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Fact-checking the New Yorker fact-checkers

Esteemed magazine claims ‘two-thirds of Americans between the ages of 15 and 34’ treated in ER rooms suffered injuries inflicted by police or security guards

July 21, 2020

4:12 PM

21 July 2020

4:12 PM

The most recent issue of the New Yorker includes a 5,000-word feature on the police (summary: they are racist). In it, staff writer Jill Lepore drops this frightful fact to illustrate the barbarism of America’s uniformed enforcers:

‘One study suggests that two-thirds of Americans between the ages of 15 and 34 who were treated in emergency rooms suffered from injuries inflicted by police and security guards, about as many people as the number of pedestrians injured by motor vehicles.’

Cockburn started writing precisely to avoid ever doing math again, but even to him, this claim sounded like a howler. Two-thirds of all emergency room visits by American young adults were for police injuries? That would suggest police are causing twice as many ER visits as all other causes combined: car crashes, suicide attempts, drug overdoses, muggings, skiing mishaps, appendicitis, yacht sinkings, freak gardening accidents, et cetera. Perhaps the implication is that America’s wicked police prowl about, seeking out the afflicted and swooping in to rain blows upon them, to keep their truncheons fresh? Other explanations may be proposed; none is plausible.


A week after the article’s release, freelance writer Louise Perry defied today’s norms and did the thinkable: She saw the implausible fact, and checked it. And, naturally, it was false, the product of a rudimentary misreading of a doctoral student’s 2016 paper. Instead of causing 66 percent of ER visits among young people, police violence actually causes roughly 0.2 percent. Lepore’s claim was off by a factor of more than 300.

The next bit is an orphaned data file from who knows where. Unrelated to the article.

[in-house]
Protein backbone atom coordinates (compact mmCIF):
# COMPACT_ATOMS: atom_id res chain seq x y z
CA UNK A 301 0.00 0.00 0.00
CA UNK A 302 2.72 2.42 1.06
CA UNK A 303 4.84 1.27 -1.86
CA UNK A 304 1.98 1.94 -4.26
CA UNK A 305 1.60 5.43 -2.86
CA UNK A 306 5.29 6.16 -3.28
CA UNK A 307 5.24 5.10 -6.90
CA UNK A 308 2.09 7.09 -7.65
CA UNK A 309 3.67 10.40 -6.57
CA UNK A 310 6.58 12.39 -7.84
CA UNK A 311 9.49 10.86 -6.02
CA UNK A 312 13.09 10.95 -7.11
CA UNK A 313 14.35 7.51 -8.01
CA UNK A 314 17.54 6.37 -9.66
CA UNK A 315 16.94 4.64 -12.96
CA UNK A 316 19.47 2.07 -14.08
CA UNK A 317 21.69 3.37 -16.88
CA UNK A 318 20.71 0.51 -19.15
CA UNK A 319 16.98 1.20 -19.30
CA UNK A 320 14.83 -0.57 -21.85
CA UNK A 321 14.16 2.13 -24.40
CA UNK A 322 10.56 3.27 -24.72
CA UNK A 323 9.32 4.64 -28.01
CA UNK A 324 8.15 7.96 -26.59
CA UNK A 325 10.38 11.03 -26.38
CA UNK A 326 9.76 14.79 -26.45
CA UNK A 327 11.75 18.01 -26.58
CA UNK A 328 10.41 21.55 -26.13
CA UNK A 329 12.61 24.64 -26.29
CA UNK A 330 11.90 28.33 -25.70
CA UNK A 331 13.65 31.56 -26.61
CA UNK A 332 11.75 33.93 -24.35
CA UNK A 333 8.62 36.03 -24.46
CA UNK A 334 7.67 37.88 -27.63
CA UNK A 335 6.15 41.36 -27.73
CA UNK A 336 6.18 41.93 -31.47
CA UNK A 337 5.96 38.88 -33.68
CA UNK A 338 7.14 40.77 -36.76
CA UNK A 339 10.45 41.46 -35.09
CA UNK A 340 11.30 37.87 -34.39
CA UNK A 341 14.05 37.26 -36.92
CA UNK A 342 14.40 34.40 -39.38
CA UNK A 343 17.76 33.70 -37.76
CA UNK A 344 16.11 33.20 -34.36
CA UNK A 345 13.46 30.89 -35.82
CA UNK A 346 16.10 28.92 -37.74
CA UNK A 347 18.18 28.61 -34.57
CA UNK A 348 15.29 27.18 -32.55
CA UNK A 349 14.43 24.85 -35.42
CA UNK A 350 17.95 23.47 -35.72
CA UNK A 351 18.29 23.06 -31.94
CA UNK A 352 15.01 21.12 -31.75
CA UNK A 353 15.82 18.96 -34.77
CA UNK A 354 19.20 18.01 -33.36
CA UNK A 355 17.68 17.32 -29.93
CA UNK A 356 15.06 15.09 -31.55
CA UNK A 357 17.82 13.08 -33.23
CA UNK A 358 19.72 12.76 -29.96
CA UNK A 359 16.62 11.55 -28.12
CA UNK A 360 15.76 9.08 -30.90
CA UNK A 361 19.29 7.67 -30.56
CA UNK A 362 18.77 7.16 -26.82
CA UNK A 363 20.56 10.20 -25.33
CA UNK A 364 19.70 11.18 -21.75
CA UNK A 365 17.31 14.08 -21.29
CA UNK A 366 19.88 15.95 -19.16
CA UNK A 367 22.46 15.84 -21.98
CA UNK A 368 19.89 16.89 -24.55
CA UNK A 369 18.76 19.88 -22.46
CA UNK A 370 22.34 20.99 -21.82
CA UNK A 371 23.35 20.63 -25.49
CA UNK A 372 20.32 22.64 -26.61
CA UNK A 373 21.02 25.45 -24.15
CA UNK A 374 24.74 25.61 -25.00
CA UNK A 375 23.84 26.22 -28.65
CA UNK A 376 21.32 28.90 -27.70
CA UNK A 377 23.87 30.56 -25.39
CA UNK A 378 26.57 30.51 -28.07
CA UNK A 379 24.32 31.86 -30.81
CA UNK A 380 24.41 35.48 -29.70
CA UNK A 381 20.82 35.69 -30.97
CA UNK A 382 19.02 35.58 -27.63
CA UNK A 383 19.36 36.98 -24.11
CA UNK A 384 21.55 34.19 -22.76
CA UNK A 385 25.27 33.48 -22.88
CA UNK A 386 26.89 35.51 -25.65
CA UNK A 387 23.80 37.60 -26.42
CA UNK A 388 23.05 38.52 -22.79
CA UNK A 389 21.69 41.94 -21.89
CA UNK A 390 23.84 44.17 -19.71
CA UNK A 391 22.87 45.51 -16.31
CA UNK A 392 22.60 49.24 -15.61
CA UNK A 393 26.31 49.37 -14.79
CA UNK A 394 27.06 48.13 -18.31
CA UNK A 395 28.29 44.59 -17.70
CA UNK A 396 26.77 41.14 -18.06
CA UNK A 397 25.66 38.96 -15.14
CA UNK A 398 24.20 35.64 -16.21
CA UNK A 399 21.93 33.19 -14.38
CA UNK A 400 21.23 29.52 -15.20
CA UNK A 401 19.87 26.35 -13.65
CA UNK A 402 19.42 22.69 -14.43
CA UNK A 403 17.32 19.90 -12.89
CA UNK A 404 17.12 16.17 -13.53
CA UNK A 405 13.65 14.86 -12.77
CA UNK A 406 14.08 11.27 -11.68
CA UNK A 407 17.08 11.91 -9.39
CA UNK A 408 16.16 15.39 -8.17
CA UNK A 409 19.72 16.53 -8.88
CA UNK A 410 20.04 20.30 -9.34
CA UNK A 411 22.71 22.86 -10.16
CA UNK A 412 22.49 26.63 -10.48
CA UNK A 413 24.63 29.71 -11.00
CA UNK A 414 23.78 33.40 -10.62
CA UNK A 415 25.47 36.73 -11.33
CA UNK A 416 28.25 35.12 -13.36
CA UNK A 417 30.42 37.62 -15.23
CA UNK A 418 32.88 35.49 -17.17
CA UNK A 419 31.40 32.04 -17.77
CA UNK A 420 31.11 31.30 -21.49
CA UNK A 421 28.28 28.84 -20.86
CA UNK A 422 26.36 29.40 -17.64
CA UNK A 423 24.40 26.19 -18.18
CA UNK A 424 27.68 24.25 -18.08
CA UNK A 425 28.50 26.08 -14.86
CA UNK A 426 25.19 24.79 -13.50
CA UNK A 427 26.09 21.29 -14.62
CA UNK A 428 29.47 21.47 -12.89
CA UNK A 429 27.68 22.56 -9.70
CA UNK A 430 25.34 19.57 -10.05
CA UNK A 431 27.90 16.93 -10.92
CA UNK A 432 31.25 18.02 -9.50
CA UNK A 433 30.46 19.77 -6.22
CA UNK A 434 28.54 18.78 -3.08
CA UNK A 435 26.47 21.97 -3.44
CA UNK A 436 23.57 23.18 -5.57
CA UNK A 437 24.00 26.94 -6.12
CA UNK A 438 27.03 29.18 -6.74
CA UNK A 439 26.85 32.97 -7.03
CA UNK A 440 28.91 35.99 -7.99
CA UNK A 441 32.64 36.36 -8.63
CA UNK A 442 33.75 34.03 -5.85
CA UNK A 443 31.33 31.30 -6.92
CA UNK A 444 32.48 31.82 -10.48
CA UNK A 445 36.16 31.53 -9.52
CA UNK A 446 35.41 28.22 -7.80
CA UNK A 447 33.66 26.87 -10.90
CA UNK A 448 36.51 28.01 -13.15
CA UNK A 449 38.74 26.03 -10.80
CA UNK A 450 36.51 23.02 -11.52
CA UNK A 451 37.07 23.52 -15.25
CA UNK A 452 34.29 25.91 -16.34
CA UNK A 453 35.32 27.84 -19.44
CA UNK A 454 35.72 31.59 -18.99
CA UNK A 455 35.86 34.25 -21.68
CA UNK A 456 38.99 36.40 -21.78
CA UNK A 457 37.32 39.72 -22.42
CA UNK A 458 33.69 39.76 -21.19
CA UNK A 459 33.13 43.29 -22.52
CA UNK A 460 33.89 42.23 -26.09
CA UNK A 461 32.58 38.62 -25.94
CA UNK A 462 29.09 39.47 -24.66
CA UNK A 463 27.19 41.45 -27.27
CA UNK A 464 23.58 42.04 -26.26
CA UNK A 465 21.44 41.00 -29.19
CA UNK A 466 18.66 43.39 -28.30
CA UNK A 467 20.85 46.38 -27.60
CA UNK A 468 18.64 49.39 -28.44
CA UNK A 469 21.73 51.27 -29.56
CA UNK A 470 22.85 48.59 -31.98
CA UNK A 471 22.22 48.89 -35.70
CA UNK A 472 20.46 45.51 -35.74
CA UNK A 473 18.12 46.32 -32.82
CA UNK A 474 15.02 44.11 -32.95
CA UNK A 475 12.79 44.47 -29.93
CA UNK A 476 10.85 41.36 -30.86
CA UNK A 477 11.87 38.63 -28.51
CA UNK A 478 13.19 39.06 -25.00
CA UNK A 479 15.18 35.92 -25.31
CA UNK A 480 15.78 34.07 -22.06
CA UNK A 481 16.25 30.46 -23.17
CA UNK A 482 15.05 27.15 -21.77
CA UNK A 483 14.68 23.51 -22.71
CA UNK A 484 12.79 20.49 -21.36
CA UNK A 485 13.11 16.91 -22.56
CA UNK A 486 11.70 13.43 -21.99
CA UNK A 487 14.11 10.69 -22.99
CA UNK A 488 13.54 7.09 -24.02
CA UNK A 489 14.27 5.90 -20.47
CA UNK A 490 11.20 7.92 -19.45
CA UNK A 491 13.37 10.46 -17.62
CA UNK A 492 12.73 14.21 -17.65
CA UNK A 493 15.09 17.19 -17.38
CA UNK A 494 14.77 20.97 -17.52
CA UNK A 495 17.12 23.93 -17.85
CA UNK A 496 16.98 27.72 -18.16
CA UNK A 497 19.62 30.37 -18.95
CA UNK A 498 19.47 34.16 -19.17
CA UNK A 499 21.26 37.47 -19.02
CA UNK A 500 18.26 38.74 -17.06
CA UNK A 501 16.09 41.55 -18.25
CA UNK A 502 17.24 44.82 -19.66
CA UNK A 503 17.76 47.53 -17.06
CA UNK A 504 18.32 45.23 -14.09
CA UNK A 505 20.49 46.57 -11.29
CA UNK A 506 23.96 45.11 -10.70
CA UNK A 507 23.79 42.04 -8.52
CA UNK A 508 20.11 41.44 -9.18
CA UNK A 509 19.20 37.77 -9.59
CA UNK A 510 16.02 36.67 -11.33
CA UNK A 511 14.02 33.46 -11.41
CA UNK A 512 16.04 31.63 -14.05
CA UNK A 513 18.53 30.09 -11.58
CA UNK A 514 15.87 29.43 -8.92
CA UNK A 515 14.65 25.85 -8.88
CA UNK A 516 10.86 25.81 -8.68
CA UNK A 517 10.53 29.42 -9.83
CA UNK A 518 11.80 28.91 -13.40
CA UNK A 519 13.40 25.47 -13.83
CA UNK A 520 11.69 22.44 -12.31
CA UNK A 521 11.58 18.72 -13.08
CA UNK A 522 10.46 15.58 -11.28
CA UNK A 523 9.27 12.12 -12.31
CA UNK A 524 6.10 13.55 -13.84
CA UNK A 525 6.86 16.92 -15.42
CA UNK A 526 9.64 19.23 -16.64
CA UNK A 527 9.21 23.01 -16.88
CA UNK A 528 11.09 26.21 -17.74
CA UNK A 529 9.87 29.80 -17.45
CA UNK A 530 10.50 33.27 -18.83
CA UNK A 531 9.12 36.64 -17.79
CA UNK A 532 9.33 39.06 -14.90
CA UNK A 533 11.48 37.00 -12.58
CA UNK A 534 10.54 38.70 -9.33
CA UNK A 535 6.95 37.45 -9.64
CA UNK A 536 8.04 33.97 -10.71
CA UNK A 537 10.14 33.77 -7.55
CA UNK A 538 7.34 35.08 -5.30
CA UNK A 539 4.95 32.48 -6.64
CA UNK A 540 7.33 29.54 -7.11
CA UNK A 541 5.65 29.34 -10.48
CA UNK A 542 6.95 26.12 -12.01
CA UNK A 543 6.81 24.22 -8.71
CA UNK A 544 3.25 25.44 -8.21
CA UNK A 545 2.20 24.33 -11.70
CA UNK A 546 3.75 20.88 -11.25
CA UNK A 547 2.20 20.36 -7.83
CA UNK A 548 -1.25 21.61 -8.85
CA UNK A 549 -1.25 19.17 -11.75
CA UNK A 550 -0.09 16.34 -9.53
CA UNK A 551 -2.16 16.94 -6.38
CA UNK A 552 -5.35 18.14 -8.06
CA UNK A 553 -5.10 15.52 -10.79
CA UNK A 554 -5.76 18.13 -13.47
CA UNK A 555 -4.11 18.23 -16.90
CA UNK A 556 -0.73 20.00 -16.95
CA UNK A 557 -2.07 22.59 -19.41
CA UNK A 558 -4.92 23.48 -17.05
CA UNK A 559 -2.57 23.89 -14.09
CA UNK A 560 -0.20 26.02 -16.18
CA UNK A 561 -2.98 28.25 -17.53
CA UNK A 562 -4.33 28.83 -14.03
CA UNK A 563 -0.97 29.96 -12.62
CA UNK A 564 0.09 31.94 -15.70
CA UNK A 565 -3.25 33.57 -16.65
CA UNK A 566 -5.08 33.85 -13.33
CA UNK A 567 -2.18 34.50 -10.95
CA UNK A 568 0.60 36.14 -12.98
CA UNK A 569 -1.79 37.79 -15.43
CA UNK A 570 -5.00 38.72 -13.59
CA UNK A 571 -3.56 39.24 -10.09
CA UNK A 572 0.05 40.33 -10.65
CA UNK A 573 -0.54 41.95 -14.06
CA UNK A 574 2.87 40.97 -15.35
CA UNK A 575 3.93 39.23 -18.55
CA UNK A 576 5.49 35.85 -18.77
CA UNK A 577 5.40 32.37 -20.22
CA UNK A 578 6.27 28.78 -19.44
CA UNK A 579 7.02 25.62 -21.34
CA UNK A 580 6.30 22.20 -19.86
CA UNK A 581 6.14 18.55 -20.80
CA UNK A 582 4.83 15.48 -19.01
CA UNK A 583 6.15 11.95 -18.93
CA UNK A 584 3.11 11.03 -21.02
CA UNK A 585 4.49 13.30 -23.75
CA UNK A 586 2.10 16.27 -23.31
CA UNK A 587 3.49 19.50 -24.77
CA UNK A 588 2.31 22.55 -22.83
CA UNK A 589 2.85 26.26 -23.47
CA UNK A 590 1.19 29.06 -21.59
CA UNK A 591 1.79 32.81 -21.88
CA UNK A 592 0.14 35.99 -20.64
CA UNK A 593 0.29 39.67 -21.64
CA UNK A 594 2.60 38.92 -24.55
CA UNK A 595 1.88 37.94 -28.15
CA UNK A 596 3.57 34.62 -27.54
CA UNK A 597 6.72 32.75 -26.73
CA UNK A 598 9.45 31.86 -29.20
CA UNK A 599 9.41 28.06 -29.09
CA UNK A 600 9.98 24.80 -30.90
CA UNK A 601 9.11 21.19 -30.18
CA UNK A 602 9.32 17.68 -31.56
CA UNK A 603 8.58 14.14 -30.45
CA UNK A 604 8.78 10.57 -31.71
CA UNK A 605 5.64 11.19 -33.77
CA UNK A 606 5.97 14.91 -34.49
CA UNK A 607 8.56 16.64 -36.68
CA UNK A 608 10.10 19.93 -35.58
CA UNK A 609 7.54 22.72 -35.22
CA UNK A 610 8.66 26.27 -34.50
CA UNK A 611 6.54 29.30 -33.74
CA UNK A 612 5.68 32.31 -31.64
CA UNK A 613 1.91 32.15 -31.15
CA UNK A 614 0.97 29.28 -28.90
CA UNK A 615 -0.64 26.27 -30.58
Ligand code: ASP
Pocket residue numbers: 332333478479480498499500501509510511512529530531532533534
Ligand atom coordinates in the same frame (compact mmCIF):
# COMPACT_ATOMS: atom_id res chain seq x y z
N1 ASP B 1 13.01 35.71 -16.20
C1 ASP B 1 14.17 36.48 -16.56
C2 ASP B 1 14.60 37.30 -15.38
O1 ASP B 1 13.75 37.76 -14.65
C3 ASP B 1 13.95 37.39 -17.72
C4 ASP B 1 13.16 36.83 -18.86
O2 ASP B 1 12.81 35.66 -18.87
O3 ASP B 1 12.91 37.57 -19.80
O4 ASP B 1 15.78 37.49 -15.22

This sort of error may be routine for today’s shoddy press, but it wasn’t supposed to happen at the New Yorker. Being a subscriber since its very first edition in 1925, Cockburn can testify to the publication’s once-impeccable fact-checking (the subject of more than one boast by the magazine itself). You would expect better of the author, too: Lepore is a Harvard history professor, a Bancroft Prize winner and will soon publish her 14th book (more, perhaps, than all of Cockburn’s lives combined). America’s institutions are fouling like a sliced apple left too long in the sun, so conventional markers of achievement are increasingly meaningless. Still, most of us expect better of our nominal elites.

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What is happening? It’s hardly that the left doesn’t care for fact-checking. In an age of outsourcing, fact checks have become the most vibrant sector of American manufacturing. Public-facing ‘fact checkers’ hardly existed 15 years ago. Now, the AP, CNN, and USA Today all run dedicated operations. The Washington Post obsessively tracks every alleged lie and misstatement by the President (20,000 and counting!). Snopes has ascended from a niche urban legends website to a hallowed authority.

Yet as progressives put more and more stock in fact checking, they seem to care less and less about actual facts. What they want is ideological enforcement. For the summer of 2020, the narrative has been set: American police are murderous, racist, out-of-control villains. And so, America’s worst rioting in decades has been transmuted into ‘mostly peaceful protests’. When conservative outlets spotted the connection between Black Lives Matter and former domestic terrorist Susan Rosenberg, Snopes swooped in to quibble about how ‘complicated’ it is to call a serial bomber a ‘terrorist’. Fact checks aren’t determining what information is true or false. They are deciding what facts are approved.

As our ‘cognitive elites’ grow more strict in what they allow themselves to think, they become more credulous. That is why when Jill Lepore picked up an absurd fact on police violence, it cleared every editor and escaped the notice of every professional fact-checker. It wasn’t because it was true, or sounded true. It was something more important. It was something they wanted to be true.


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